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The Burma Road

Converted for the Web from “The Burma Road: The Epic Story of the China-Burma-India Theater in World War II” by Donovan Webster, published by Farrar, Straus and Giroux, October 2003; 0-374-11740-3. The following is an excerpt from Chapter 1.

The jungle was everywhere. Its vines grabbed their ankles as they walked. Its steamy heat sapped their strength. And every time they reached the summit of yet another six-thousand-foot mountain, they could only stare across the quilted green rain forest below and let their gazes lift slowly toward the horizon. Ahead of them, looming in the distance, they could finally see the next hogback ridge between them and safety. They would, of course, have to climb over that one, too.

They were a ragged line of 114 tired and hungry people — Americans, British, Indians, and Burmese; civilians and soldiers alike — and they were now on the run from several thousand Japanese troops that were clawing through the jungle after them, only fifteen or twenty miles behind.

The year was 1942. It was May, always the steamiest month in south Asia’s nation of Burma, where — in the late spring — daily temperatures surpass one hundred degrees and the humidity hovers near 100 percent, day and night.

And yet, each morning at dawn, they awoke, packed their few possessions, and pushed on along a network of trails heading roughly to the northwest toward India. At the column’s front — leading the way — was a short, spindly, nearly blind man of fifty-nine years. He wore canvas puttees laced around his ankles, and a battered, flat-brimmed World War I campaign hat crimped on his head, covering his thatch of scrubby gray hair. Ahead of him, he carried a stumpy, black-steel Thompson submachine gun at the ready. With each step — despite his somewhat feeble appearance — the man’s movements were quick and nimble. And despite being a three-star general in the U.S. Army and the commanding American officer in World War II’s China theater of operations, he wore no insignias or badges of rank on his government-issue khakis.

His name was Lt. General Joseph W. Stilwell — though he was better known to his troops as “Vinegar Joe” — and at the moment he was in full retreat from Burma, hurrying overland toward free India as two divisions of imperial Japanese soldiers pounded after him in pursuit. Although Stilwell was a career soldier, Burma was his first combat command — and he’d had the job for just three months. During that time, since his arrival in late February 1942, he had watched the situation around him skid from delicate to disastrous.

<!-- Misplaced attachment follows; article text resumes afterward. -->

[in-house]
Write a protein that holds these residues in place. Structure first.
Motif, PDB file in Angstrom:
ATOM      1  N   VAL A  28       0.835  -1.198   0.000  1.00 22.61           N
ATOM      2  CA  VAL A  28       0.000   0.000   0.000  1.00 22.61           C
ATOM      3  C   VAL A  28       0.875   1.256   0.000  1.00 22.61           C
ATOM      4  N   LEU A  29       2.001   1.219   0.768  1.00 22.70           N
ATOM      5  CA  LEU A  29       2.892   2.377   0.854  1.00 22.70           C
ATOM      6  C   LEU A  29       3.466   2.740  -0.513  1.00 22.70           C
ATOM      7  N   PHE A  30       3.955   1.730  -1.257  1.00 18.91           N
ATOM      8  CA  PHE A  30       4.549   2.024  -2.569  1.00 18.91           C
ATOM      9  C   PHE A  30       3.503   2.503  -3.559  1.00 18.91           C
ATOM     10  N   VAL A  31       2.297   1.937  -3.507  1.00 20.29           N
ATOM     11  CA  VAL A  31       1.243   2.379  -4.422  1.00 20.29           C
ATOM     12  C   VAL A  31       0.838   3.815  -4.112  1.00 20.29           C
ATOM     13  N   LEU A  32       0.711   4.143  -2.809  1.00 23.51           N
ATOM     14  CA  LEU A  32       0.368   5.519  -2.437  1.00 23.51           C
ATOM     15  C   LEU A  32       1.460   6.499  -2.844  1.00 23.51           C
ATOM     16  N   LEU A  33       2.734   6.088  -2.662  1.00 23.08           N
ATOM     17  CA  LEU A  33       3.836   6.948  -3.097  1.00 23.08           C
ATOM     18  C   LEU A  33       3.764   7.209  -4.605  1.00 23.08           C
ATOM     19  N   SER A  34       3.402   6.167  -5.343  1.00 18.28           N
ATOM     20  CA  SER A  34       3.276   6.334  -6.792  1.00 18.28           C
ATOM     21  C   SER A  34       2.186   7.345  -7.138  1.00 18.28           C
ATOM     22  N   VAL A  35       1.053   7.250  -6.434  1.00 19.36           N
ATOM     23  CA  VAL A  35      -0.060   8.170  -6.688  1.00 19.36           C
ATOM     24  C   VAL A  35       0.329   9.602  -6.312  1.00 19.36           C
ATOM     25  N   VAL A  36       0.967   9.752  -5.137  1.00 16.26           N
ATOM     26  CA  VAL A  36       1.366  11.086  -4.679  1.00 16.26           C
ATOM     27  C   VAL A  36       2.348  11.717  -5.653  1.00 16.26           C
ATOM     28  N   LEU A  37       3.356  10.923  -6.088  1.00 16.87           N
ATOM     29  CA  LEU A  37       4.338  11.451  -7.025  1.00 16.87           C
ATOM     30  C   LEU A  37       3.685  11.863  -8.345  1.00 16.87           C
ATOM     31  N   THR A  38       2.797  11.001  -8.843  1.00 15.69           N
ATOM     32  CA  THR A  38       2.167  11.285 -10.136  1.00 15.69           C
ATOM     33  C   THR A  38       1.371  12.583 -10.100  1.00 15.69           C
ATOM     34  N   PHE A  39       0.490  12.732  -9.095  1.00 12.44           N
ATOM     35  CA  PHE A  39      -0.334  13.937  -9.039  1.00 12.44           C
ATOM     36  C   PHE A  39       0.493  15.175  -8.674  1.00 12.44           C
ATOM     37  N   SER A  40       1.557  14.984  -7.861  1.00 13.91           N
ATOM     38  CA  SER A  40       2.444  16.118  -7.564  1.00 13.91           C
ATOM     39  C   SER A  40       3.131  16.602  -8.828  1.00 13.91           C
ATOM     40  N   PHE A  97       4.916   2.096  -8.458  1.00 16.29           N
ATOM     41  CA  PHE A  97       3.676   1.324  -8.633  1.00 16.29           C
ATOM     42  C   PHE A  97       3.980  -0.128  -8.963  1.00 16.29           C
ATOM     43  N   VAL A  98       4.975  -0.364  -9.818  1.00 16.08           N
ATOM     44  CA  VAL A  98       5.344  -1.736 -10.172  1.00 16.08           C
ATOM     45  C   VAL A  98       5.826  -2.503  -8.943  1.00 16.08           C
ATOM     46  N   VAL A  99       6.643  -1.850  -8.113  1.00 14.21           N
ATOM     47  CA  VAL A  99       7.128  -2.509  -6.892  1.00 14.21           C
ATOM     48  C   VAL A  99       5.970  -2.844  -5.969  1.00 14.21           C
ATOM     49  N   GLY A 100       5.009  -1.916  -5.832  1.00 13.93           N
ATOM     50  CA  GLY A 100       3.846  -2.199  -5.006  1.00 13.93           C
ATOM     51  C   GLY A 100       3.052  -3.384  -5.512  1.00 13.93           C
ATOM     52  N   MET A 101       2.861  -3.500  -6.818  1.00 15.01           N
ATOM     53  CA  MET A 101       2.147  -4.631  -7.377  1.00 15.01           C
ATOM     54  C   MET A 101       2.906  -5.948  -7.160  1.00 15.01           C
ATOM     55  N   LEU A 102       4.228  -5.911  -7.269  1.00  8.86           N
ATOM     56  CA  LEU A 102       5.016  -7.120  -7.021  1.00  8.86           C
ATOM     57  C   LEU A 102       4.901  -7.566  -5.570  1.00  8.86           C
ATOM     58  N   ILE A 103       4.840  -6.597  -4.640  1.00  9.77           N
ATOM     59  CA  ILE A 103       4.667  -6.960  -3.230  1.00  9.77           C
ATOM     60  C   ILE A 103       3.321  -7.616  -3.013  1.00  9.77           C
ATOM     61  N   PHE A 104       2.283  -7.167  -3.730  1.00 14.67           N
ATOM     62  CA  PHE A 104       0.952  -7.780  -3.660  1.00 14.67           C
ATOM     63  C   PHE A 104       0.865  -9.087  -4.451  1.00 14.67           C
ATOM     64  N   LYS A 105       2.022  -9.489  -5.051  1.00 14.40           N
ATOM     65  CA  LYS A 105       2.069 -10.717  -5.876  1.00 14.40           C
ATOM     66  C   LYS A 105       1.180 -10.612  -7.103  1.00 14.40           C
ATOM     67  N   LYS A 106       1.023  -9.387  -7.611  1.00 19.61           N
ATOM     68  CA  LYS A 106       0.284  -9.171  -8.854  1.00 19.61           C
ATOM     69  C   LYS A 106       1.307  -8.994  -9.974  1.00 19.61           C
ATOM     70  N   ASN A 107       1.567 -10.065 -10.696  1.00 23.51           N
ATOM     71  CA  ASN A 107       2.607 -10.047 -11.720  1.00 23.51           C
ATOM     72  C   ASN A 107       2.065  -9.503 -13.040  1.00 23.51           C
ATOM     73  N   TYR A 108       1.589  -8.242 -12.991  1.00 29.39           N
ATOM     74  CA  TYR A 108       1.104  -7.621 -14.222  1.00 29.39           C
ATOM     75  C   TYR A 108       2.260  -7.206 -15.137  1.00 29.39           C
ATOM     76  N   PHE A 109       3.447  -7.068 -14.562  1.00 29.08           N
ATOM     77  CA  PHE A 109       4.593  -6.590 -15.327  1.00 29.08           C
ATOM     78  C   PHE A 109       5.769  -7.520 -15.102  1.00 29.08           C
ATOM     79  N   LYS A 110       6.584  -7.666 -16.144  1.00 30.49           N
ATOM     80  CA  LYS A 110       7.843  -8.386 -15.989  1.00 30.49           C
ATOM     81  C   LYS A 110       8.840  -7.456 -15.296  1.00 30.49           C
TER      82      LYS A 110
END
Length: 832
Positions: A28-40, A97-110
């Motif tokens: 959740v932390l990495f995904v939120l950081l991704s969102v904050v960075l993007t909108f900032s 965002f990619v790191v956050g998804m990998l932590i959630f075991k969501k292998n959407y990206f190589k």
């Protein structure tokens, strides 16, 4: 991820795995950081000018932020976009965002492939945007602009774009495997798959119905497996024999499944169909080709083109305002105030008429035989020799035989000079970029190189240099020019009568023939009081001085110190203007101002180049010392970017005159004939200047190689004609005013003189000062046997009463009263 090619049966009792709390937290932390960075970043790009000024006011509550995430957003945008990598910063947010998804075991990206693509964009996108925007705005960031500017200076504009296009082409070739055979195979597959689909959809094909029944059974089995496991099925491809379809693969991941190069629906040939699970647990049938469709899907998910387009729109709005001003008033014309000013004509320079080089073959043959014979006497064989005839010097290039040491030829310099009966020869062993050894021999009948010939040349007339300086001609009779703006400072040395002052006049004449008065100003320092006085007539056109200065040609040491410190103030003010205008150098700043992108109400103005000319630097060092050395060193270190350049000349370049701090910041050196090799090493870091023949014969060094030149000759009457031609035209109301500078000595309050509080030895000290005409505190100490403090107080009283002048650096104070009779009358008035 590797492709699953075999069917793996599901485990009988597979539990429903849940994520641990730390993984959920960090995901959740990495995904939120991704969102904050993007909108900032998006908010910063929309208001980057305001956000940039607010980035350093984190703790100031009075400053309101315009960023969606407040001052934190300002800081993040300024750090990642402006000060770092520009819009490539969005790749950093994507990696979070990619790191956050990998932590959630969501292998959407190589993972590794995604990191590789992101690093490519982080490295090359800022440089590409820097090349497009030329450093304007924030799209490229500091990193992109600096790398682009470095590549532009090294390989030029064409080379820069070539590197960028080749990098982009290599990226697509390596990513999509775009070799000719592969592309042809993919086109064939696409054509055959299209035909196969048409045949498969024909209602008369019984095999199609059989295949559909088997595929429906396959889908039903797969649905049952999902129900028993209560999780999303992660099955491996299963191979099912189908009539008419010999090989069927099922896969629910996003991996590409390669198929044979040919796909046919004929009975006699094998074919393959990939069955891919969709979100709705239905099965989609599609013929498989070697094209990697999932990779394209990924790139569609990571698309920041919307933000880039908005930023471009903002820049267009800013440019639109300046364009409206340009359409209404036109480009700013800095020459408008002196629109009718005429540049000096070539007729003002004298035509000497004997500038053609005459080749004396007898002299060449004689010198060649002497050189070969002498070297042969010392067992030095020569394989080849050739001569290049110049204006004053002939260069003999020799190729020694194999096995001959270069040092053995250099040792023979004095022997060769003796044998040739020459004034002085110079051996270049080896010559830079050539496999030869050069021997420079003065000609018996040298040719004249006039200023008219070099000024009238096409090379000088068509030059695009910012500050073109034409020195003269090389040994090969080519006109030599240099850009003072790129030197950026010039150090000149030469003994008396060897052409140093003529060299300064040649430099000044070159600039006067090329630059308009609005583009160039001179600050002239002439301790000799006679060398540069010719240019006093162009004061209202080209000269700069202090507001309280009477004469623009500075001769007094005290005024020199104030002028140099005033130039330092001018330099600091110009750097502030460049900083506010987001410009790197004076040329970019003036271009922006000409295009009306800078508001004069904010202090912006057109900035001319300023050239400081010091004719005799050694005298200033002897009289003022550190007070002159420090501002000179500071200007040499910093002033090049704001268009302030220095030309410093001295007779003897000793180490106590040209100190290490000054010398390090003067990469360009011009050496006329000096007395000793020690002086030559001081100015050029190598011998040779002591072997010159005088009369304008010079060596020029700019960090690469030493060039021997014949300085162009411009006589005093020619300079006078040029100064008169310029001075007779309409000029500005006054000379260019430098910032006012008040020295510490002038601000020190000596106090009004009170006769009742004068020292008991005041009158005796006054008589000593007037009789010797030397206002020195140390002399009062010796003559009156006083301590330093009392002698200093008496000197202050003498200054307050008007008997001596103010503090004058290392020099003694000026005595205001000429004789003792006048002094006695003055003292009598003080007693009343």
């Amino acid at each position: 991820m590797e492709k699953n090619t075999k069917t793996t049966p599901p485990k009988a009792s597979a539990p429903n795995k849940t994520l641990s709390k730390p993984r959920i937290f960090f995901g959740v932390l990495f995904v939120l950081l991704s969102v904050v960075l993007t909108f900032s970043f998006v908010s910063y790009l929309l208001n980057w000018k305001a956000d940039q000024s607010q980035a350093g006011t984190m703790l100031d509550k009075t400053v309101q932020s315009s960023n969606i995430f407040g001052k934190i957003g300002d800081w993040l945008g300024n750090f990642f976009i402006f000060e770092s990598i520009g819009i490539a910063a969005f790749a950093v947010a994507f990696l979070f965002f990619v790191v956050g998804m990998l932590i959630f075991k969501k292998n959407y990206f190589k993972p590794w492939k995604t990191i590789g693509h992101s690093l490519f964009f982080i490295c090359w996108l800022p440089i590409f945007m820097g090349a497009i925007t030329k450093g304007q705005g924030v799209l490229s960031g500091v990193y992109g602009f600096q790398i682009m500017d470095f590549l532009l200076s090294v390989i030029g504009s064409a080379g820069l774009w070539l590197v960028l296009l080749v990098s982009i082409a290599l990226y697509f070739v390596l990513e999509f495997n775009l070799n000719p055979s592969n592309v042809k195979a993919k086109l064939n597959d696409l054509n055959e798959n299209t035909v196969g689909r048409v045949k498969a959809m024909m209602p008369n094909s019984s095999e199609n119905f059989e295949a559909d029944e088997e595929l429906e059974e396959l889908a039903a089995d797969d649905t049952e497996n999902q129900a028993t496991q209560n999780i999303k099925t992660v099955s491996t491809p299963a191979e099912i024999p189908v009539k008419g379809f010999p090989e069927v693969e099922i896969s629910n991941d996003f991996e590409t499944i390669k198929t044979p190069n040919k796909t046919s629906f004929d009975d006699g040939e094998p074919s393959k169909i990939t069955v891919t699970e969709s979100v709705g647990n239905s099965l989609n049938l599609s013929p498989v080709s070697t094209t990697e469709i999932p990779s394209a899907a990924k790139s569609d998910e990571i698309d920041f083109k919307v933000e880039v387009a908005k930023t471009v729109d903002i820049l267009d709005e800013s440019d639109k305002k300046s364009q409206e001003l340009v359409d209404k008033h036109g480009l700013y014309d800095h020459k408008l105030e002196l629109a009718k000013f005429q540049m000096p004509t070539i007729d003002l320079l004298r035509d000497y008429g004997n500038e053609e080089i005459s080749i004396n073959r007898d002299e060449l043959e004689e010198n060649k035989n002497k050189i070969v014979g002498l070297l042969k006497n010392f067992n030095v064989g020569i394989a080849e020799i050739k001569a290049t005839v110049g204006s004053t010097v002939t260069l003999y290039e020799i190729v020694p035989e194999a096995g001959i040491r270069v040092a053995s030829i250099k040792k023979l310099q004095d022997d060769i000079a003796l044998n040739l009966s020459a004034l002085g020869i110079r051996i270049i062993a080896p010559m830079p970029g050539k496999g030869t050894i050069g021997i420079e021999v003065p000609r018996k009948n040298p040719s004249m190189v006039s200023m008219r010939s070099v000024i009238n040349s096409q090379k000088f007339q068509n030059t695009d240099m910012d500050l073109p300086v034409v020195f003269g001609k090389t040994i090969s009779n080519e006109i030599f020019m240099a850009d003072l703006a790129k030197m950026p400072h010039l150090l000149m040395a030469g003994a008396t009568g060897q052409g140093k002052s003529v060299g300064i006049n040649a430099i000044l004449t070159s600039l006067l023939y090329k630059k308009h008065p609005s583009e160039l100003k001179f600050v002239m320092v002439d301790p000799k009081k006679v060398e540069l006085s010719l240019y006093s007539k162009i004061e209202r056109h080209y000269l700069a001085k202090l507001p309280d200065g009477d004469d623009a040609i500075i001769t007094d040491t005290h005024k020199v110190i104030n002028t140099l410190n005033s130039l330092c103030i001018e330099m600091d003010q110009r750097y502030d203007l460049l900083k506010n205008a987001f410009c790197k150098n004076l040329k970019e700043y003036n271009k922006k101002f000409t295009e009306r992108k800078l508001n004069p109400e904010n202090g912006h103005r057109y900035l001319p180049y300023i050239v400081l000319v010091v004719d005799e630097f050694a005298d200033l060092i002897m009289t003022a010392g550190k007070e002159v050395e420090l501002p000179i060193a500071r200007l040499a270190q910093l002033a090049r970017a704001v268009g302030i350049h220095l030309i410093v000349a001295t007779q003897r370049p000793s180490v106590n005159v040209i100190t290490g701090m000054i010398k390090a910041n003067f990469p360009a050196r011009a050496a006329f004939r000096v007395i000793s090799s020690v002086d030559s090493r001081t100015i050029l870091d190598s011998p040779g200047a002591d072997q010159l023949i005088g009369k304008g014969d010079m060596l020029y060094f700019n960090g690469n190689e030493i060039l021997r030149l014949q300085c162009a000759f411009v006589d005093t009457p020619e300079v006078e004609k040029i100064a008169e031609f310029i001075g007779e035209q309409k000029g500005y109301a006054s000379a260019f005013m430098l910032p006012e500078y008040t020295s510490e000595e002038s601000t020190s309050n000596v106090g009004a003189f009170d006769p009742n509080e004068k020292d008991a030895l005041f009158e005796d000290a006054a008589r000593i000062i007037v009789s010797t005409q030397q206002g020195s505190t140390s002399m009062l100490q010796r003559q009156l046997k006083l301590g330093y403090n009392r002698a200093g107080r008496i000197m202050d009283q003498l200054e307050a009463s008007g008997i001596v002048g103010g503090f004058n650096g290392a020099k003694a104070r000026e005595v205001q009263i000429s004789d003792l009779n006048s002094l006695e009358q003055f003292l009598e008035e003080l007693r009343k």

Earlier that very week, Stilwell and his closest aides and officers had stayed behind in central Burma after a roomy C-47 transport aircraft had arrived to whisk them away to safety in India. Believing he would be abandoning members of his staff — plus several divisions of Nationalist Chinese troops under his command in Burma — were he flown to India in retreat, Stilwell, with characteristic resolve, loaded the transport with as many officers and headquarters personnel as it could hold, then flatly declined the assistance for himself, informing the pilots that he “preferred to walk.”

As the flight departed — leaving behind Stilwell, a hard corps of advisers, and those without authority to board — the general described his plan. He and those who remained would travel north, where they would join thousands of Chinese troops under his command in the safety of northern Burma. But even as Stilwell was laying out his strategy, fast-invading tendrils of the Japanese infantry were encircling him and his group from the south, the east, and the northeast. In a matter of days, these enemy forces — plus a string of vehicle breakdowns caused by Burma’s rutted, dry-mud roads — left Stilwell and his group cut off from the Chinese and without transportation of any kind. Stilwell and his crew were on their own. The only way out, Stilwell understood, was to walk. He and his group would have to hack their way to safety in India across 140 miles of mountains and jungles, with the Japanese chasing them all the way.

On the evening of May 6,1942, Stilwell sent one last radio message to headquarters in India:

Heading for Homalin and Imphal with party of one hundred. Includes H.Q. Group, Seagrave’s Surgical Unit and strays.

We are armed, have food and map, and are now on foot fifty miles west of Indaw.

No occasion for worry. Chinese troops coming to India on this general route.

Control has entirely passed to small units in this area. Hopeless to try to handle the mob. Will endeavor to carry radio farther, but believe this is probably last message for a while.



After his dispatch (and another one requesting airborne food drops made by Stilwell’s aide, Frank Dorn), Stilwell ordered the bulky, two-hundred-pound radio smashed — its files and codes burned — so communications wouldn’t fall into enemy hands. Then, at dawn on the morning of May 7, with the Japanese only miles to his south and pushing north with fretful speed, Stilwell labored to defeat the impression that his command had collapsed by walking out of Burma, all the while planning for his return.